The cost of energy consumption in my state of Queensland is anywhere up to 12c per kWh and the average feed-in tariff is around 7c per kWh. Meaning the energy company is netting approximately 5c per kWh on excess electricity generated by households with solar. Do you not think they will factor this in when we come knocking on their door asking for permission to trade our electricity locally for digital tokens among ourselves?
Another factor to consider are taxes. This will obviously differ from country to country, and Green says as much. But ultimately those selling energy on the Power Ledger will be generating an income. Green admits:
“Like any income you make in the year, you need to declare that on your tax return.”
However, in Australia, feed-in tariffs — selling energy back to the grid — is NOT taxable. So if I am selling power back to the grid without POWR, that 7c per kWh is deducted from my energy costs, tax-free, straight into my back pocket. If I were to use Sparkz instead, I would be paying tax on that sale. What is the point?
No, honestly. Am I missing the point?
Another hidden detail is the fact that surely POWR intends to make a profit from this whole setup too. Though I have not been able to find any public information on how much of a cut they will receive for each transaction. If you find this, please share!
If this all seems a bit confusing, don’t worry, POWR’s introduction video concludes with the question: ‘how do we make sure it works?’ Their answer was more or less “trust us, we are experts” — I don’t know about you but I think answers like this are pure bullshit.
If I had any doubt about where my train of thought was leading me in researching POWR and listening to the podcast, it was completely obliterated when Green was asked about how decentralised POWR truly was. Who can participate, everyone? If so, how might we judge the ethics of the use of profits made by people selling their energy? The classic cryptocurrency moral question. Green had this to say:
“You can’t get on the network unless you have an account with an electricity company… a citizen that is worthy of having an electricity account with a regulated electricity company… You can’t trade peer to peer unless your energy retailer verifies your meter and allows you to do that”
That about sums it up for me. This is not the democratisation of the power industry. This is a child asking their parents for play money so they can pretend to buy what’s in the fridge.
Do not get me wrong, I want a project whose goal is to democratise and decentralise the way we consume and pay for power to succeed. We need a project like that to succeed. But is POWR it? I understand it is a complicated space, but this doesn’t feel like our best effort at decentralising the energy market.
On the cover page of their whitepaper POWR states:
“We believe empowering individuals and communities to co-create their energy future will underpin the development of a power system that is resilient, low-cost, zero-carbon and owned by the people of the world.”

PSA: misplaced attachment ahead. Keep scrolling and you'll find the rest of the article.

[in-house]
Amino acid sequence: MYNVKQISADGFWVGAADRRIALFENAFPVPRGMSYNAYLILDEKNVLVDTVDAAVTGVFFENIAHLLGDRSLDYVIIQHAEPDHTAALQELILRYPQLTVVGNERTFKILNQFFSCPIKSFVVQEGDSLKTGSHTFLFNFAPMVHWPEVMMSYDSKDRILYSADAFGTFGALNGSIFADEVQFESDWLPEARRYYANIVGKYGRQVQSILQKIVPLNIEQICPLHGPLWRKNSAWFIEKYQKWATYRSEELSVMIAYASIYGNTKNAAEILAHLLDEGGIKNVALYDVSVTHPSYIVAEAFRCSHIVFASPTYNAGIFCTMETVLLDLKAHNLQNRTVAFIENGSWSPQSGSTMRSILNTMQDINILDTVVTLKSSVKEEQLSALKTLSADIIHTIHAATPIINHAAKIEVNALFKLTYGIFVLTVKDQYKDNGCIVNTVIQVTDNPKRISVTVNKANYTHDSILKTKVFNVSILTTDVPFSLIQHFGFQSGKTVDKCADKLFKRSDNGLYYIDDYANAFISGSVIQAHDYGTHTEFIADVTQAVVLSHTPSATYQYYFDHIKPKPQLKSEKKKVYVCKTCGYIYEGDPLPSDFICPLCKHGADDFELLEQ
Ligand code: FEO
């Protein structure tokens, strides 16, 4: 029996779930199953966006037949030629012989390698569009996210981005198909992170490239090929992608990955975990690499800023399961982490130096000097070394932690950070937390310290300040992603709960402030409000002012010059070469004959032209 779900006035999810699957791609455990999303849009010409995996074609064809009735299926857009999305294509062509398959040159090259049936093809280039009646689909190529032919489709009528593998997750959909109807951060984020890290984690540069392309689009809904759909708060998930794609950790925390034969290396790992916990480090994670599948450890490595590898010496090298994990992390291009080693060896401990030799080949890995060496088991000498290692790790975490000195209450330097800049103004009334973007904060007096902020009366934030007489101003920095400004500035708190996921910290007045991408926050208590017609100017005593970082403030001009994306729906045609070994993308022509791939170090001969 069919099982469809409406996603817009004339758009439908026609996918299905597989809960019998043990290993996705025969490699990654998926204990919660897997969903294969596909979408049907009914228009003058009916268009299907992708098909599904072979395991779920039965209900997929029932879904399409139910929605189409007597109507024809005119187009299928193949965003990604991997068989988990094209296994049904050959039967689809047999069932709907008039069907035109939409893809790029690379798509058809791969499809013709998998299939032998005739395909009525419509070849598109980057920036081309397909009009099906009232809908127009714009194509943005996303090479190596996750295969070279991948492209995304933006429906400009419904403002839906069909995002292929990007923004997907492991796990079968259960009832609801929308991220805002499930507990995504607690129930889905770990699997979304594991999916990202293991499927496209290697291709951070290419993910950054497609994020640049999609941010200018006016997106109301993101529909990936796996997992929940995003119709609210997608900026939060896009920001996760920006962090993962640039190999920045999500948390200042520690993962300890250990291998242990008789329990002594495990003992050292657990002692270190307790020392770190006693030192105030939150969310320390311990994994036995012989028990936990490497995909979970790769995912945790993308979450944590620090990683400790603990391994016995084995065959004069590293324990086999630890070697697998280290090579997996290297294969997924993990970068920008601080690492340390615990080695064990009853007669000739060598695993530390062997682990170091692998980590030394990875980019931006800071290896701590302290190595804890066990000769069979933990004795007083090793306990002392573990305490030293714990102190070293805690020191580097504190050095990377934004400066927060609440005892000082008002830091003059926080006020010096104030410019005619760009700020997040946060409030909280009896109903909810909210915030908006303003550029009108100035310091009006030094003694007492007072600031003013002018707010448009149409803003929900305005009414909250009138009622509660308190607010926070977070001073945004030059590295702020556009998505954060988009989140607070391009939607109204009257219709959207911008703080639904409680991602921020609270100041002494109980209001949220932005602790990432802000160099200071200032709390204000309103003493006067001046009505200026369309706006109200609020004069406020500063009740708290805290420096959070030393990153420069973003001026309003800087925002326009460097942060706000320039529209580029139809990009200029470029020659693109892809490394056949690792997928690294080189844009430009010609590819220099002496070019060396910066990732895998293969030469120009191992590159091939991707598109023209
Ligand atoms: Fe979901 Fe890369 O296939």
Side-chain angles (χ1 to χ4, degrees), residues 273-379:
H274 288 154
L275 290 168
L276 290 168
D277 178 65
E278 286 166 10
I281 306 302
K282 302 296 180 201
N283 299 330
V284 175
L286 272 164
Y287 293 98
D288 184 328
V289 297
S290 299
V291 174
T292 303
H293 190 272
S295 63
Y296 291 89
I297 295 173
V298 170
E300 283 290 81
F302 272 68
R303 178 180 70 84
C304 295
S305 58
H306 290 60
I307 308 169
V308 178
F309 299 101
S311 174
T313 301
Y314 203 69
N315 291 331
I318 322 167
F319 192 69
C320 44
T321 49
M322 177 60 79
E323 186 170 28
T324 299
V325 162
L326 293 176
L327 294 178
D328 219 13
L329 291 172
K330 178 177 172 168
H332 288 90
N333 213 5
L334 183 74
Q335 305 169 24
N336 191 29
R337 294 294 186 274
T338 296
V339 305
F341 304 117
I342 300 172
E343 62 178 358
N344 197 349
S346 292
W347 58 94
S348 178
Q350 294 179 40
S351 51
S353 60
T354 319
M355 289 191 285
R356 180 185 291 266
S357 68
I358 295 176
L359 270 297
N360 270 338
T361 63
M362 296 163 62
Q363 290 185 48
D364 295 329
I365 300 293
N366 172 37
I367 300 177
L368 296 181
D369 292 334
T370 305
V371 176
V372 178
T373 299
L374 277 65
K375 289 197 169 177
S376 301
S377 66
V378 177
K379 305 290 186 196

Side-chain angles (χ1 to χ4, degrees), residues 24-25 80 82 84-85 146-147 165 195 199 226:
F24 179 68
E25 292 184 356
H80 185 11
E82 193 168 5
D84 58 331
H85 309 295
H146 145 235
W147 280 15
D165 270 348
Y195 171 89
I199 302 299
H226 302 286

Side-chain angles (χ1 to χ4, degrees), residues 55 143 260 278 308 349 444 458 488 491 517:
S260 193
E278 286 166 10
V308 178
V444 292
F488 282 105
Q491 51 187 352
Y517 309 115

Yeah, I do too. So why aren’t we doing that?
As I mentioned, I want to be educated about this. I would love it if these impressions were misguided. If I haven’t understood the project, please tell me why below.
Let’s be frank: Many in the cryptosphere were lured by the promise of quick or effortless gains, a more secure future or even fantasies of driving previously-unattainable luxury vehicles across the lunar landscape.
While self-interest serves as the initial draw, learning about the blockchain to understand how crytpocurrencies work we begin to also see the potential it holds in transforming the world in other ways. Perhaps to change not only our lives, but of those who aren’t in such privileged financial situations.
The momentum around blockchain technology is ramping up, and global banks have begun looking into its implementation. Current blockchain scalability is ill-equipped to handle their transaction volume, however.
Humaniq plans to use blockchain technology to bypass the traditional top-down approach of large financial entities and instead meet the individuals where they are, via access from smartphones.
So, what is Humaniq? Can I invest in it? When moon???
First, let’s look at what banks actually do. Basically, banks facilitate financial transactions and are custodians of value and assets. Individuals and groups form symbiotic relationships with banks – the capital you ask them to store becomes their temporary investment, generating profit. The aggregate of these individuals, business entities and banks are an interlocking system.
But what happens if you live outside that system? You are unbanked.
Traditional banking systems fail to reach the unbanked essentially because it is not profitable. There is too great a risk in managing accounts for individuals without any proof of identity and anyway, the interface (whether brick-and-mortar or digital) simply doesn’t exist.
To utilize Humaniq, however, there is only one minor hurdle: an ultra-low-priced smartphone (sales of which are rapidly gaining traction in emerging markets). There’s no need for any kind of pre-existing banking infrastructure.
Humaniq’s goal is to become a banking platform which validates identity, stores value and facilitates peer-to-peer transaction – all in one singular application. With these prerequisite aspects in place, its users may then integrate with traditional banking systems.
How is it done?
Humaniq will utilize three components: the mobile app (which acts as a token wallet and performs identity verification), the Humaniq servers (to connect these identities to the blockchain), and Ethereum smart contracts (which enable the transactions and platform to be built on).
HMQ Digital Passports
Users first create a unique and secure digital identity using biometrics (facial and emotional recognition) and 4-tier authentication.